So many of life's simple pleasures involve eating: holidays, family picnics, getting together with friends. But imagine not being able to enjoy any of them.
"My stomach gets bloated, food doesn't digest right, end up throwing up, sick, nauseated," said 32-year-old Kevin Joyner. The Indianapolis father has gastroparesis, a stomach disorder in which food moves through the stomach slower than normal.
Between 30 percent and 40 percent of people with diabetes will develop the debilitating disease. Joyner's agonizing journey began 15 years ago, shortly after he was diagnosed with Type 1 diabetes.
"It's real frustrating. Can't go to my kids' basketball games like I want to because I'm in and out of the hospital," he told 6News Staying Healthy reporter Stacia Matthews.
Joyner said his symptoms grew so severe, he was spending time in a hospital every other week to get intravenous fluids for dehydration.
On Wednesday he was admitted to University Hospital in Indianapolis for surgery, but not the traditional procedure to treat the disease.
"In the past we had to actually resect the patient's stomach and take out about 80 percent of the stomach to get rid of that non-functioning organ to give them relief," said Dr. Dennis Blom, a surgeon with the Indiana University School of Medicine.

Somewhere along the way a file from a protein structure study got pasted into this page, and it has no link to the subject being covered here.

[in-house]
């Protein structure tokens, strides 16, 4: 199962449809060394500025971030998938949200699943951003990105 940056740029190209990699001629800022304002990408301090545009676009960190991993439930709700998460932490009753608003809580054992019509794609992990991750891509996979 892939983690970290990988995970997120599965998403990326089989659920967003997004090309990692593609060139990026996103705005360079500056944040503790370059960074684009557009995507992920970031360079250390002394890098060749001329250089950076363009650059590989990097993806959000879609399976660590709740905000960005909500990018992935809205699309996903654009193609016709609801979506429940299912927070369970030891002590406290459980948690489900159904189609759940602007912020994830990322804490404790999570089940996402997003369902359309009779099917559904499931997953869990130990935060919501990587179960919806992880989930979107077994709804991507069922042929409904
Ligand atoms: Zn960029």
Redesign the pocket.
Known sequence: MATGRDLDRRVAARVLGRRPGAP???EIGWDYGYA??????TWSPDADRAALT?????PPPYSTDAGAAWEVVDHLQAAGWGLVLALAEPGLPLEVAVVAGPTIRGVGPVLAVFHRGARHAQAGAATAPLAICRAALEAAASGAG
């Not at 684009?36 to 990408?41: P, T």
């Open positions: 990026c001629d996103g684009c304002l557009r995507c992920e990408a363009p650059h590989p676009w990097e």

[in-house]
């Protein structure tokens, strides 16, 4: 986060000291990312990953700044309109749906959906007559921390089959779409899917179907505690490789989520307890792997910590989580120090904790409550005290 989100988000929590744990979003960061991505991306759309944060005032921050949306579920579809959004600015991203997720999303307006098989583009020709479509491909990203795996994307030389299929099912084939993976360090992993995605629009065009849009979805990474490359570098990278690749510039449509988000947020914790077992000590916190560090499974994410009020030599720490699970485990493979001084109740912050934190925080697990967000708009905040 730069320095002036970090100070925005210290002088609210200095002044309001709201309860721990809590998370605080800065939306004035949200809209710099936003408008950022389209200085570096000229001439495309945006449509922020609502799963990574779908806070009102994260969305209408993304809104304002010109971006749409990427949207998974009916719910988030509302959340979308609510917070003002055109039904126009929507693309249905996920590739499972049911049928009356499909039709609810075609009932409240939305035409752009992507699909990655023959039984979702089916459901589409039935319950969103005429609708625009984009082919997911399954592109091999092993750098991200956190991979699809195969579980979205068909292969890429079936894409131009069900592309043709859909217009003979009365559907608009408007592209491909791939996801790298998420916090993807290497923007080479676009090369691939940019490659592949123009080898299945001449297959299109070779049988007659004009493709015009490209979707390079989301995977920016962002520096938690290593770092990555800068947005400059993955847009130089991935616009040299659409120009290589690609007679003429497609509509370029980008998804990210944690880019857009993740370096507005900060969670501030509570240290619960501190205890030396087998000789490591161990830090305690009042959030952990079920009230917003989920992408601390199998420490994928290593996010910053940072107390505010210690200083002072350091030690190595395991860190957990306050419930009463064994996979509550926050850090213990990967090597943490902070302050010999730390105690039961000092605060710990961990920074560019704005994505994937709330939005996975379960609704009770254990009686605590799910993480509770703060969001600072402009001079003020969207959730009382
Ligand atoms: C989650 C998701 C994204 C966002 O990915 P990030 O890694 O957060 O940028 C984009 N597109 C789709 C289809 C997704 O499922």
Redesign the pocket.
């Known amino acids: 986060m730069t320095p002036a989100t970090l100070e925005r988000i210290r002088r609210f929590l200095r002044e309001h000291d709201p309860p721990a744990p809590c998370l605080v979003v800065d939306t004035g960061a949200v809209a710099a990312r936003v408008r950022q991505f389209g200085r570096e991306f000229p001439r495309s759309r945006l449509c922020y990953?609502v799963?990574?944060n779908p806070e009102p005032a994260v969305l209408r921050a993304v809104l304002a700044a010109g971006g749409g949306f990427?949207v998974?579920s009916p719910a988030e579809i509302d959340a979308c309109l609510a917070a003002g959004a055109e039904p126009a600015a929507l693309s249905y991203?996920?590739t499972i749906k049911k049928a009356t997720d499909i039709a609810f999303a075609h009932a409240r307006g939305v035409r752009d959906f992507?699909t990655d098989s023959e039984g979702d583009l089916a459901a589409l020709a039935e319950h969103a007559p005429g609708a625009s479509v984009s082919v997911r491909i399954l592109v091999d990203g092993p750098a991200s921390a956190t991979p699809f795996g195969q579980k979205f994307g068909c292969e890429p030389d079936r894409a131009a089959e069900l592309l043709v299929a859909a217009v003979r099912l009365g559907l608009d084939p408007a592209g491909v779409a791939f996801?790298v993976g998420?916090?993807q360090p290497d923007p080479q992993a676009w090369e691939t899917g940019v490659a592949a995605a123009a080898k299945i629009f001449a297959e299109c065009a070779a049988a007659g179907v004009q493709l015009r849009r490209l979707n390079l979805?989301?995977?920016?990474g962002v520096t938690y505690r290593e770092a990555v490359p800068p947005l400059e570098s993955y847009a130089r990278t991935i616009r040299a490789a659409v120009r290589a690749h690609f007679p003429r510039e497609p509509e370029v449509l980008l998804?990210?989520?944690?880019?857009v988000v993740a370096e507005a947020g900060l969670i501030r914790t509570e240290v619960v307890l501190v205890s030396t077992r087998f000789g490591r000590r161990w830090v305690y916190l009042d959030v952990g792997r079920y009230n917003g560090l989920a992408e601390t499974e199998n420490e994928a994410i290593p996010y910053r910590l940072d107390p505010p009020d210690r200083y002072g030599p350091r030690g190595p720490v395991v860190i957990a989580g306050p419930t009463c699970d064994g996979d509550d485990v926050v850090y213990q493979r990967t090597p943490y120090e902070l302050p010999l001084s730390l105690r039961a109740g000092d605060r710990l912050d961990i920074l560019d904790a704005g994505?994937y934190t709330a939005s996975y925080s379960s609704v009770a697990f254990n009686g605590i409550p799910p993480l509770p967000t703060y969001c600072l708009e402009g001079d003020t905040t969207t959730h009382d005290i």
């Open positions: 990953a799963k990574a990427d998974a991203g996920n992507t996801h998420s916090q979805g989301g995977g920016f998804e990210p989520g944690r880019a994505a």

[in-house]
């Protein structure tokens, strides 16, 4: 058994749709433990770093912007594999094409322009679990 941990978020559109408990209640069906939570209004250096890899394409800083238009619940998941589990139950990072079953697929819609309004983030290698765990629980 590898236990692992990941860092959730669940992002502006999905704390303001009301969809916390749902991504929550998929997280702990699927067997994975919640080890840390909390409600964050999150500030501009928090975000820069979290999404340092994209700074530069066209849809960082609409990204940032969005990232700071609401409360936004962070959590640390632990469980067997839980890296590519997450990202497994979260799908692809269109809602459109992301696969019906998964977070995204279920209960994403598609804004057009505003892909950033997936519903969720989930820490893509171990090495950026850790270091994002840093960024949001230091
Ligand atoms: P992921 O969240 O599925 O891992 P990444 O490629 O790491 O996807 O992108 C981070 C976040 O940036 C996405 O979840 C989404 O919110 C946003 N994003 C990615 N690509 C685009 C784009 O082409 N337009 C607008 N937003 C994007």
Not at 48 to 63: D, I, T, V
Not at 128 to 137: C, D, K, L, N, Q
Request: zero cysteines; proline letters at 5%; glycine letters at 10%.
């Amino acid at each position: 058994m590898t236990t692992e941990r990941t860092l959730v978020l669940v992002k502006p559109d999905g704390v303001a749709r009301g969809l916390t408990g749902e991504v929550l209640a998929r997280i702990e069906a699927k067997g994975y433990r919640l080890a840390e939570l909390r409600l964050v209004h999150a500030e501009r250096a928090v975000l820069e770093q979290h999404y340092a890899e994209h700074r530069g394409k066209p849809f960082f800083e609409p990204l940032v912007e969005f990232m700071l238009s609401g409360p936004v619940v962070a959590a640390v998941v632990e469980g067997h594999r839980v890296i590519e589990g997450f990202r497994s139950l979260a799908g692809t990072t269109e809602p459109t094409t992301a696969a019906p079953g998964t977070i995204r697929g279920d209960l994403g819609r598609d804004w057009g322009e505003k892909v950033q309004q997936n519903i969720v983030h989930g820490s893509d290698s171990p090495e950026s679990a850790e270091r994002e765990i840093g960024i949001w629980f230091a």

Joyner on Wednesday became the second patient at University Hospital to receive a pacemaker-type implant called Enterra Therapy System.
In the laparoscopic procedure, doctors implanted the battery-powered neurostimulator in Joyner's abdomen and attached leads to his stomach. Mild electrical impulses are sent through the leads to stimulate nerves and smooth muscles of the lower stomach. How the device works is still a mystery to doctors.
"Somehow it alters or changes something in the pathway from the stomach to the brain and back again and that decreases the sensation of nausea and lessens vomiting, said Dr. Joel Wittles, Joyner's gastroenterologist.
Over time, symptoms are reduced and may be eliminated, something Joyner finds easy to swallow.
"I'm looking forward to being better, not in the hospital, live a better life," Joyner said.
According to implant's manufacturer, Medtronic Inc., Enterra Therapy System received humanitarian device exemption approval by the Food and Drug Administration in 2000. The status allows Medtronic to provide the system for patients like Joyner who do not respond to drug therapy.
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